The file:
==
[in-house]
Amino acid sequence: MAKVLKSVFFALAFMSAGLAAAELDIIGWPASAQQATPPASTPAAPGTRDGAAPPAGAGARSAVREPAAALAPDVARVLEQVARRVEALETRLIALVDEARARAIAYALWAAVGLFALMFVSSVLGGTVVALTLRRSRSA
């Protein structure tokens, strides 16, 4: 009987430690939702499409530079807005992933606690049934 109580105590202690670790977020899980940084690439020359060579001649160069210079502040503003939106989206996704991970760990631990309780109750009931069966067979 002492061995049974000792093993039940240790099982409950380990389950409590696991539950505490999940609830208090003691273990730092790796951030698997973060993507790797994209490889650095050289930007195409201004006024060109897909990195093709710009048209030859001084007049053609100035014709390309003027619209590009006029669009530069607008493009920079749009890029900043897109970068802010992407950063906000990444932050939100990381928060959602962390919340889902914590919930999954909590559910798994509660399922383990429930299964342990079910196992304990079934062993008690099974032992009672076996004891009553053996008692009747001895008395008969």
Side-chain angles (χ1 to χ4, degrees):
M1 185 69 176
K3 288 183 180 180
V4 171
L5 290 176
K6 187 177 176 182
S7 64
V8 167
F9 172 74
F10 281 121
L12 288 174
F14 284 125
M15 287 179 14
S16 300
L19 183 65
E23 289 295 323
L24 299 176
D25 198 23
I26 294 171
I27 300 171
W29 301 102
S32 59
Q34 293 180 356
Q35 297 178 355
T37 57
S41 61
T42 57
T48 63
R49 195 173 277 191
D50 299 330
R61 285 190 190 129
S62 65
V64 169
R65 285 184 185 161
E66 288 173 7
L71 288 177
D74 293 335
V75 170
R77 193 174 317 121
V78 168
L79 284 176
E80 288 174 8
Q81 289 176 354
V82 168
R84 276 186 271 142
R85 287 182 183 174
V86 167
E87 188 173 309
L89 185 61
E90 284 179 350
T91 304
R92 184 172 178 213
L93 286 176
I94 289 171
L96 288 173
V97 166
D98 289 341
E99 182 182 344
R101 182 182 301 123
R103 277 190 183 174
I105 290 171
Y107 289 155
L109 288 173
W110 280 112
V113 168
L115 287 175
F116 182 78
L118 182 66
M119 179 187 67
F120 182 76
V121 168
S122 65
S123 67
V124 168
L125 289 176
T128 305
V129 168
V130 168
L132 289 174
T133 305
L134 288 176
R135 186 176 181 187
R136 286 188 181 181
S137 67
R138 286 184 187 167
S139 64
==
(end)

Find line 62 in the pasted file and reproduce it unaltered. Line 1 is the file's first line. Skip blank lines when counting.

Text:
R101 182 182 301 123